4
   

is not water more than just its bonds ?

 
 
north
 
  1  
Reply Tue 23 Nov, 2010 01:56 am
@dadpad,
dadpad wrote:

Look at surface tension.



sure
0 Replies
 
hingehead
 
  1  
Reply Tue 23 Nov, 2010 02:01 am
@north,
Oh, cool, you have read it now.

You're asking the right question. Hmmm. Wondering how best to explain it.

If you look at a stone it's just a stone, but if you step back it might be part of an avalanche, or a beach, or a gravel driveway. A single unit does not necessarily tell you much about the behaviour of lots of those units in large numbers.

The states of matter are only observable at the macro level, at the individual atomic level they are meaningless. You can't melt an atom or boil it. It is the base unit of matter, indivisible except in extreme cases - and even then it won't melt or boil, it can only split into subatomic particles or convert its mass into energy.

I'm hoping someone else can do a better job than me.

hingehead
 
  1  
Reply Tue 23 Nov, 2010 02:02 am
@north,
I thought so, such are the perils of asymmetic communication Wink
north
 
  1  
Reply Tue 23 Nov, 2010 02:11 am
@hingehead,
hingehead wrote:

I thought so, such are the perils of asymmetic communication Wink


if you think so
0 Replies
 
north
 
  1  
Reply Tue 23 Nov, 2010 02:16 am
@hingehead,
hingehead wrote:

Oh, cool, you have read it now.

You're asking the right question. Hmmm. Wondering how best to explain it.

If you look at a stone it's just a stone, but if you step back it might be part of an avalanche, or a beach, or a gravel driveway. A single unit does not necessarily tell you much about the behaviour of lots of those units in large numbers.

The states of matter are only observable at the macro level, at the individual atomic level they are meaningless. You can't melt an atom or boil it. It is the base unit of matter, indivisible except in extreme cases - and even then it won't melt or boil, it can only split into subatomic particles or convert its mass into energy.

I'm hoping someone else can do a better job than me.



yes I understand the limits of our knowledge , at the moment

but what if you could take a single atom of hydrogen or oxygen down to its liquid form temp. as an experiment

if possible , actually I don't understand why not , I'm 99.999999 % sure you will find that a single atom will produce a liquid
hingehead
 
  1  
Reply Tue 23 Nov, 2010 02:37 am
@north,
Sorry North that's completely wrong. A single atom is a single atom.

Temperature itself has no meaning at the atomic level - did you know that temperature is merely a measure of the average kinetic energy levels of a large group of atomic particles? (be they a christmas turkey, a baby's mouth, or the air in your kitchen).

The four states of matter are all byproducts of the kinetic energy levels of individual atoms/molecules.
north
 
  1  
Reply Tue 23 Nov, 2010 02:42 am
@hingehead,

Quote:
Sorry North that's completely wrong. A single atom is a single atom.


of course

Quote:
Temperature itself has no meaning at the atomic level - did you know that temperature is merely a measure of the average kinetic energy levels of a large group of atomic particles? (be they a christmas turkey, a baby's mouth, or the air in your kitchen).


yes but reminded

so the less kinetic energy , hydrogen and oxygen become a liquid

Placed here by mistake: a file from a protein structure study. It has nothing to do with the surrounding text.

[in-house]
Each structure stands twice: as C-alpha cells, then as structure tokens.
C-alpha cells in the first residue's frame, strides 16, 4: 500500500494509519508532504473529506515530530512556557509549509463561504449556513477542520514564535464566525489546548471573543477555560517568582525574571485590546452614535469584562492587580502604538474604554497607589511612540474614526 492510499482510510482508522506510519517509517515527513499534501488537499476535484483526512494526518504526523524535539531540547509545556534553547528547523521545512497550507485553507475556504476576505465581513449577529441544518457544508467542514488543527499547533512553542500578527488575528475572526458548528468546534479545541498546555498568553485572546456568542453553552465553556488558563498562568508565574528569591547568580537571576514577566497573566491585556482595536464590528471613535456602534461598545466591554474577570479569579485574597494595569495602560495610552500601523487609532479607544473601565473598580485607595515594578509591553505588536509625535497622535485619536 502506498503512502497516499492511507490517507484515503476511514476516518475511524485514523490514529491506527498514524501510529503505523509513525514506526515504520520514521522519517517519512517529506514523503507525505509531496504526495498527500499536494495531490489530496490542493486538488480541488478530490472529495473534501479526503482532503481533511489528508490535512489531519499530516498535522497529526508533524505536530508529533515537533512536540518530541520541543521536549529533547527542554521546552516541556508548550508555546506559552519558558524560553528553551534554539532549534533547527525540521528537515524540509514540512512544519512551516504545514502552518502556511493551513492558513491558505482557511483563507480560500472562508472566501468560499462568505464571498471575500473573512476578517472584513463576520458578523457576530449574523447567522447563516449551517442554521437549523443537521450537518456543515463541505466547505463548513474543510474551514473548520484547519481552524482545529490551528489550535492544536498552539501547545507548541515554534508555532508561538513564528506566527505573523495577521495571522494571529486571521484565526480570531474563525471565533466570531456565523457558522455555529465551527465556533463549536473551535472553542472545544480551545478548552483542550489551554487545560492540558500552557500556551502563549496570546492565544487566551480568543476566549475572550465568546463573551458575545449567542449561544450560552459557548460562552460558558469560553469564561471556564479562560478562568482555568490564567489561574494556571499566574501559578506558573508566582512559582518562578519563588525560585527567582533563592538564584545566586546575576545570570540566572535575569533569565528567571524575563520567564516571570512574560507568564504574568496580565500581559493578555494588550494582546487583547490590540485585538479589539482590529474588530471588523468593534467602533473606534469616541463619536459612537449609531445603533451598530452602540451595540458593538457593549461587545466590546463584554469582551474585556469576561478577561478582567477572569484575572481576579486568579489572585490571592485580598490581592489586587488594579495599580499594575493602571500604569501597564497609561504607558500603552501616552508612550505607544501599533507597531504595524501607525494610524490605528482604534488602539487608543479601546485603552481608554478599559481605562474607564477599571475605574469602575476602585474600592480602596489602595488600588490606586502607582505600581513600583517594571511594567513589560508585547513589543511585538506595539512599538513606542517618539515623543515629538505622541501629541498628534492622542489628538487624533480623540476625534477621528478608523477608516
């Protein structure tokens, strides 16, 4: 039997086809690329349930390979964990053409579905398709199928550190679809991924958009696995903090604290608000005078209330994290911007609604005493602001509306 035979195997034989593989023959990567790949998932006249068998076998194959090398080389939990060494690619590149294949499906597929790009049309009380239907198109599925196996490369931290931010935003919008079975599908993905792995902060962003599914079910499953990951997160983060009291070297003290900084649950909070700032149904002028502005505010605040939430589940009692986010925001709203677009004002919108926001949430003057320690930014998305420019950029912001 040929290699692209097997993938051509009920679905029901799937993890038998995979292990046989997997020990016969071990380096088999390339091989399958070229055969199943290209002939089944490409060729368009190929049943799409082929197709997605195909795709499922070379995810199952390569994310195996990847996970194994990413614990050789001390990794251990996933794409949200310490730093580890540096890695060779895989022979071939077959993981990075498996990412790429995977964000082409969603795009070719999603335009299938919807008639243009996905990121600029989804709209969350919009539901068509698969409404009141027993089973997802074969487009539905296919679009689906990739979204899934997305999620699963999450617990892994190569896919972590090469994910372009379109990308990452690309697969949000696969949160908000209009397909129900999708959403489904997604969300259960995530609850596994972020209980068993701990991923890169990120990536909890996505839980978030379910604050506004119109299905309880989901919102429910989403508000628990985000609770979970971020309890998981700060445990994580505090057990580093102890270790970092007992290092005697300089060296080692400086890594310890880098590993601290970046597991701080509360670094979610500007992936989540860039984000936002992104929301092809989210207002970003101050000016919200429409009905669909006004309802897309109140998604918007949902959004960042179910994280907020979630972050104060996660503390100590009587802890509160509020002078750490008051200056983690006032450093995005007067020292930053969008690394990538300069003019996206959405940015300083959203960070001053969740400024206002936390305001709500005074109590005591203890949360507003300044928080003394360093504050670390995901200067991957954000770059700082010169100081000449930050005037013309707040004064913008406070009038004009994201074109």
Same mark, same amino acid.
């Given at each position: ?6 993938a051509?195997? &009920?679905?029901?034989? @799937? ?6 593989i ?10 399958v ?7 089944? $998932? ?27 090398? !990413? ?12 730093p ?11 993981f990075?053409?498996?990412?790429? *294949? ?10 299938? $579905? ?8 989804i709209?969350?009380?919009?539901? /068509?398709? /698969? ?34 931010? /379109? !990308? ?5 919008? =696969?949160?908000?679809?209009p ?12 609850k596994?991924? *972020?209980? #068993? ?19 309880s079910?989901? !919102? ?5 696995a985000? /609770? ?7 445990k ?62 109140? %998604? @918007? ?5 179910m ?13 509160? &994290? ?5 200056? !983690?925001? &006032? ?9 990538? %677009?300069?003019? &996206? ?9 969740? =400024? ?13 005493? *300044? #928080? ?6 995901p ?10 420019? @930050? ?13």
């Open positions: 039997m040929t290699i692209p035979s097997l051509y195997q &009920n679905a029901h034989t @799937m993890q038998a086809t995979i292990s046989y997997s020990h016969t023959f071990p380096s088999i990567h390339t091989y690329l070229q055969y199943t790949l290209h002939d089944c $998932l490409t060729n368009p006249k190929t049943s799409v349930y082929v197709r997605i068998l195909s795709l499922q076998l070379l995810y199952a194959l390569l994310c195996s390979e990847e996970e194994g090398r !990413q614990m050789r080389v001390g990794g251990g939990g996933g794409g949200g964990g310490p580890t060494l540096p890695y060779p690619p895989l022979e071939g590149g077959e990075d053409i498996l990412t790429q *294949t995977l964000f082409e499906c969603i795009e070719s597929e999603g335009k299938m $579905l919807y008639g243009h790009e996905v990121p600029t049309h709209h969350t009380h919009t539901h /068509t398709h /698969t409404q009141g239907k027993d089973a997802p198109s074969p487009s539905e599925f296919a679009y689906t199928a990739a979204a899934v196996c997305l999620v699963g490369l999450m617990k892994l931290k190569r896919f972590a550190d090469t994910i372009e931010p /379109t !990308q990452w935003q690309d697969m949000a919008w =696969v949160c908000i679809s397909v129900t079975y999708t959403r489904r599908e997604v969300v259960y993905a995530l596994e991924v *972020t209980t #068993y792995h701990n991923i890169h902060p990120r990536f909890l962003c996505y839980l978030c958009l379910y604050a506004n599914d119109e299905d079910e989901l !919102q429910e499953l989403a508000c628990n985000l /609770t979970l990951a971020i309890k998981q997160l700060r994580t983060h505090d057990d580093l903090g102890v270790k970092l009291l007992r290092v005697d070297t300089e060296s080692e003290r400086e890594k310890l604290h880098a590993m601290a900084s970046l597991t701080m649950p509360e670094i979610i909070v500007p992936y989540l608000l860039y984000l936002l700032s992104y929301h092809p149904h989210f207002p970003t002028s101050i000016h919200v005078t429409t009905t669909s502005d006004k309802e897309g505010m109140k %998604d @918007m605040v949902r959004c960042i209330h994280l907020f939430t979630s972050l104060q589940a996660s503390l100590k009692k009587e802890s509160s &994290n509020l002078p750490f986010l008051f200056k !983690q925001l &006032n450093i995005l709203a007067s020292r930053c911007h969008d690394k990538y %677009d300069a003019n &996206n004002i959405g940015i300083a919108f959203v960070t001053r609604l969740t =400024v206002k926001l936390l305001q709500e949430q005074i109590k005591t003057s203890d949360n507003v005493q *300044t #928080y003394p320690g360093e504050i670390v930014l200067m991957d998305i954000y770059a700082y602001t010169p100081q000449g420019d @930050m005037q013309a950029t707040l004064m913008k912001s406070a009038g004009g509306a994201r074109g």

hingehead
 
  1  
Reply Tue 23 Nov, 2010 02:51 am
@north,
Quote:
so the less kinetic energy , hydrogen and oxygen become a liquid


Yes, large groups of molecules and/or atoms become appear as different states of matter depending on their average level of kinetic energy.

When the atoms/molecules have no kinetic energy they are said to be at 'absolute zero' or zero degrees kelvin. As you add kinetic energy the atoms/molecules vibrate and temperature rises. The more energy the larger the vibration until the vibration manifests itself as random movement from a base position (this is the melting point and you get a liquid).

If you keep increasing the energy levels the random movement gets wilder and creates space between the particles (i.e the fluid becomes compressible - this is boiling point and we have a gas) - keep going and you get the fourth state, plasma, where the particles are so energised they are stripped of their electrons.

I wish ebrown was here - he was actually a physics teacher and could do a better job of explaining this than me.
north
 
  1  
Reply Tue 23 Nov, 2010 03:07 am
@hingehead,
hingehead wrote:

Quote:
so the less kinetic energy , hydrogen and oxygen become a liquid


Yes, large groups of molecules and/or atoms become appear as different states of matter depending on their average level of kinetic energy.

When the atoms/molecules have no kinetic energy they are said to be at 'absolute zero' or zero degrees kelvin. As you add kinetic energy the atoms/molecules vibrate and temperature rises. The more energy the larger the vibration until the vibration manifests itself as random movement from a base position (this is the melting point and you get a liquid).

If you keep increasing the energy levels the random movement gets wilder and creates space between the particles (i.e the fluid becomes compressible - this is boiling point and we have a gas) - keep going and you get the fourth state, plasma, where the particles are so energised they are stripped of their electrons.

I wish ebrown was here - he was actually a physics teacher and could do a better job of explaining this than me.


perhaps , but I understand what your saying

the thing is though is still , what is this liquid

if I collect a mass , physical atoms , together , then usually , I end up with a solid